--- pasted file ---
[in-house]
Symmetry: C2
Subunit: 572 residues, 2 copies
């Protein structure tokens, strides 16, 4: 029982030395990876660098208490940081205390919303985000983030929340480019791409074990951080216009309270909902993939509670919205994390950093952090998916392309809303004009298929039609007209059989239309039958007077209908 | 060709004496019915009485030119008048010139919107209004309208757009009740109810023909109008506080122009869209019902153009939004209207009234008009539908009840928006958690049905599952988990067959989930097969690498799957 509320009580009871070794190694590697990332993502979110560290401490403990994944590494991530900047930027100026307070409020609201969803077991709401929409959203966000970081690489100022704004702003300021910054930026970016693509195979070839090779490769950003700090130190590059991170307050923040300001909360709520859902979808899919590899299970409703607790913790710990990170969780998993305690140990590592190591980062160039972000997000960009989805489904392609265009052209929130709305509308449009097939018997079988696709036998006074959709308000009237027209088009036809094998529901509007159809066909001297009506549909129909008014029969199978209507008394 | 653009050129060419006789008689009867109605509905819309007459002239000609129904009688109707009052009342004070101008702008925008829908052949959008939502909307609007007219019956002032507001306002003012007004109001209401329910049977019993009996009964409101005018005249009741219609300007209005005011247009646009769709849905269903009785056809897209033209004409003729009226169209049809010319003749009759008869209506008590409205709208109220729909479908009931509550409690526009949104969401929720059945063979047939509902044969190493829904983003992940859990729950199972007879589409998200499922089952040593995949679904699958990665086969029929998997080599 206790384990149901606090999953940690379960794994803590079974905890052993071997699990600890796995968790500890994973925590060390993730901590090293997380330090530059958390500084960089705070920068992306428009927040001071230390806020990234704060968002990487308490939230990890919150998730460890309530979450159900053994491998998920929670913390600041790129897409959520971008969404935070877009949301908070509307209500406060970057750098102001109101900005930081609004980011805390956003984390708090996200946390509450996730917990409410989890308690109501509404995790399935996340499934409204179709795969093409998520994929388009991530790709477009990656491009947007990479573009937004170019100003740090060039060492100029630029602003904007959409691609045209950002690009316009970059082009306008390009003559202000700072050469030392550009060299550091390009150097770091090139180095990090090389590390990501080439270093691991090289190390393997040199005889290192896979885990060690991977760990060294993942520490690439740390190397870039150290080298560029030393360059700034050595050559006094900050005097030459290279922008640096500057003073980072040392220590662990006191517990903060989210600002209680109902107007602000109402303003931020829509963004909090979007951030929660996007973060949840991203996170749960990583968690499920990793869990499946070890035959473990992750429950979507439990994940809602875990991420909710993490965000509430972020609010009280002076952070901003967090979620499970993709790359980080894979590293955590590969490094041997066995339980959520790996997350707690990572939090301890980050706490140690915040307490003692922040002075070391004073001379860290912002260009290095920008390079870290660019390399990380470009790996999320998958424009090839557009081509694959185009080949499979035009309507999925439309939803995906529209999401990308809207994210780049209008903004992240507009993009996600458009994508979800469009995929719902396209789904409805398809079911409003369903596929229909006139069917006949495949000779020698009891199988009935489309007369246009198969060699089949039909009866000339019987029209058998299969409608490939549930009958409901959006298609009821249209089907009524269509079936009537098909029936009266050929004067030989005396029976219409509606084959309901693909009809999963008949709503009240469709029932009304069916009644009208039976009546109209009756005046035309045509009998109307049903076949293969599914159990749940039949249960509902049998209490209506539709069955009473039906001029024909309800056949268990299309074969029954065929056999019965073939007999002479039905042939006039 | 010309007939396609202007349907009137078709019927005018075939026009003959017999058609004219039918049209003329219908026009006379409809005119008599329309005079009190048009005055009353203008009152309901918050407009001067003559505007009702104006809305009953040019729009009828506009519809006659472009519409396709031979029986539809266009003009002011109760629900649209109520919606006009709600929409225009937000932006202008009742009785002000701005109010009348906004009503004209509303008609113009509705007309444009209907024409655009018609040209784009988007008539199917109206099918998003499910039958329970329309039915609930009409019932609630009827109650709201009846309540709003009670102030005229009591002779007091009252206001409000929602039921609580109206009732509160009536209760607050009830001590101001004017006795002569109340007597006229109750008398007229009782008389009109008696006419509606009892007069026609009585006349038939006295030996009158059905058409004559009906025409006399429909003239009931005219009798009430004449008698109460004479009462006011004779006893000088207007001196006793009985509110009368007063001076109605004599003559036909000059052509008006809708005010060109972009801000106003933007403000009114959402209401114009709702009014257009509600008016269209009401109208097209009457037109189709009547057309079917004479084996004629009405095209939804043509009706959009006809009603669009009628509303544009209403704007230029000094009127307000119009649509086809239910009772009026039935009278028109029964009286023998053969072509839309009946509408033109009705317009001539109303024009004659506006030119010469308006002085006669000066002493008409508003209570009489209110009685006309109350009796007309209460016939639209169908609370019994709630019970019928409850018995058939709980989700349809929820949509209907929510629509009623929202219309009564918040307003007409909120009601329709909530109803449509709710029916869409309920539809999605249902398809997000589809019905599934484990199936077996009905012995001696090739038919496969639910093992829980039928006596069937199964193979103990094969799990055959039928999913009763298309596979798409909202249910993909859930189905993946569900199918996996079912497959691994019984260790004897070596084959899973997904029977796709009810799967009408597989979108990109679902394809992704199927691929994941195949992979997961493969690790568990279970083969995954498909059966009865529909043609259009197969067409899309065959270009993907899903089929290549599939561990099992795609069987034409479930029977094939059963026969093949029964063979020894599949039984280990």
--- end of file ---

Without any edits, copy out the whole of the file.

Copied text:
[in-house]
Symmetry: C2
Subunit: 572 residues, 2 copies
């Protein structure tokens, strides 16, 4: 029982030395990876660098208490940081205390919303985000983030929340480019791409074990951080216009309270909902993939509670919205994390950093952090998916392309809303004009298929039609007209059989239309039958007077209908 | 060709004496019915009485030119008048010139919107209004309208757009009740109810023909109008506080122009869209019902153009939004209207009234008009539908009840928006958690049905599952988990067959989930097969690498799957 509320009580009871070794190694590697990332993502979110560290401490403990994944590494991530900047930027100026307070409020609201969803077991709401929409959203966000970081690489100022704004702003300021910054930026970016693509195979070839090779490769950003700090130190590059991170307050923040300001909360709520859902979808899919590899299970409703607790913790710990990170969780998993305690140990590592190591980062160039972000997000960009989805489904392609265009052209929130709305509308449009097939018997079988696709036998006074959709308000009237027209088009036809094998529901509007159809066909001297009506549909129909008014029969199978209507008394 | 653009050129060419006789008689009867109605509905819309007459002239000609129904009688109707009052009342004070101008702008925008829908052949959008939502909307609007007219019956002032507001306002003012007004109001209401329910049977019993009996009964409101005018005249009741219609300007209005005011247009646009769709849905269903009785056809897209033209004409003729009226169209049809010319003749009759008869209506008590409205709208109220729909479908009931509550409690526009949104969401929720059945063979047939509902044969190493829904983003992940859990729950199972007879589409998200499922089952040593995949679904699958990665086969029929998997080599 206790384990149901606090999953940690379960794994803590079974905890052993071997699990600890796995968790500890994973925590060390993730901590090293997380330090530059958390500084960089705070920068992306428009927040001071230390806020990234704060968002990487308490939230990890919150998730460890309530979450159900053994491998998920929670913390600041790129897409959520971008969404935070877009949301908070509307209500406060970057750098102001109101900005930081609004980011805390956003984390708090996200946390509450996730917990409410989890308690109501509404995790399935996340499934409204179709795969093409998520994929388009991530790709477009990656491009947007990479573009937004170019100003740090060039060492100029630029602003904007959409691609045209950002690009316009970059082009306008390009003559202000700072050469030392550009060299550091390009150097770091090139180095990090090389590390990501080439270093691991090289190390393997040199005889290192896979885990060690991977760990060294993942520490690439740390190397870039150290080298560029030393360059700034050595050559006094900050005097030459290279922008640096500057003073980072040392220590662990006191517990903060989210600002209680109902107007602000109402303003931020829509963004909090979007951030929660996007973060949840991203996170749960990583968690499920990793869990499946070890035959473990992750429950979507439990994940809602875990991420909710993490965000509430972020609010009280002076952070901003967090979620499970993709790359980080894979590293955590590969490094041997066995339980959520790996997350707690990572939090301890980050706490140690915040307490003692922040002075070391004073001379860290912002260009290095920008390079870290660019390399990380470009790996999320998958424009090839557009081509694959185009080949499979035009309507999925439309939803995906529209999401990308809207994210780049209008903004992240507009993009996600458009994508979800469009995929719902396209789904409805398809079911409003369903596929229909006139069917006949495949000779020698009891199988009935489309007369246009198969060699089949039909009866000339019987029209058998299969409608490939549930009958409901959006298609009821249209089907009524269509079936009537098909029936009266050929004067030989005396029976219409509606084959309901693909009809999963008949709503009240469709029932009304069916009644009208039976009546109209009756005046035309045509009998109307049903076949293969599914159990749940039949249960509902049998209490209506539709069955009473039906001029024909309800056949268990299309074969029954065929056999019965073939007999002479039905042939006039 | 010309007939396609202007349907009137078709019927005018075939026009003959017999058609004219039918049209003329219908026009006379409809005119008599329309005079009190048009005055009353203008009152309901918050407009001067003559505007009702104006809305009953040019729009009828506009519809006659472009519409396709031979029986539809266009003009002011109760629900649209109520919606006009709600929409225009937000932006202008009742009785002000701005109010009348906004009503004209509303008609113009509705007309444009209907024409655009018609040209784009988007008539199917109206099918998003499910039958329970329309039915609930009409019932609630009827109650709201009846309540709003009670102030005229009591002779007091009252206001409000929602039921609580109206009732509160009536209760607050009830001590101001004017006795002569109340007597006229109750008398007229009782008389009109008696006419509606009892007069026609009585006349038939006295030996009158059905058409004559009906025409006399429909003239009931005219009798009430004449008698109460004479009462006011004779006893000088207007001196006793009985509110009368007063001076109605004599003559036909000059052509008006809708005010060109972009801000106003933007403000009114959402209401114009709702009014257009509600008016269209009401109208097209009457037109189709009547057309079917004479084996004629009405095209939804043509009706959009006809009603669009009628509303544009209403704007230029000094009127307000119009649509086809239910009772009026039935009278028109029964009286023998053969072509839309009946509408033109009705317009001539109303024009004659506006030119010469308006002085006669000066002493008409508003209570009489209110009685006309109350009796007309209460016939639209169908609370019994709630019970019928409850018995058939709980989700349809929820949509209907929510629509009623929202219309009564918040307003007409909120009601329709909530109803449509709710029916869409309920539809999605249902398809997000589809019905599934484990199936077996009905012995001696090739038919496969639910093992829980039928006596069937199964193979103990094969799990055959039928999913009763298309596979798409909202249910993909859930189905993946569900199918996996079912497959691994019984260790004897070596084959899973997904029977796709009810799967009408597989979108990109679902394809992704199927691929994941195949992979997961493969690790568990279970083969995954498909059966009865529909043609259009197969067409899309065959270009993907899903089929290549599939561990099992795609069987034409479930029977094939059963026969093949029964063979020894599949039984280990």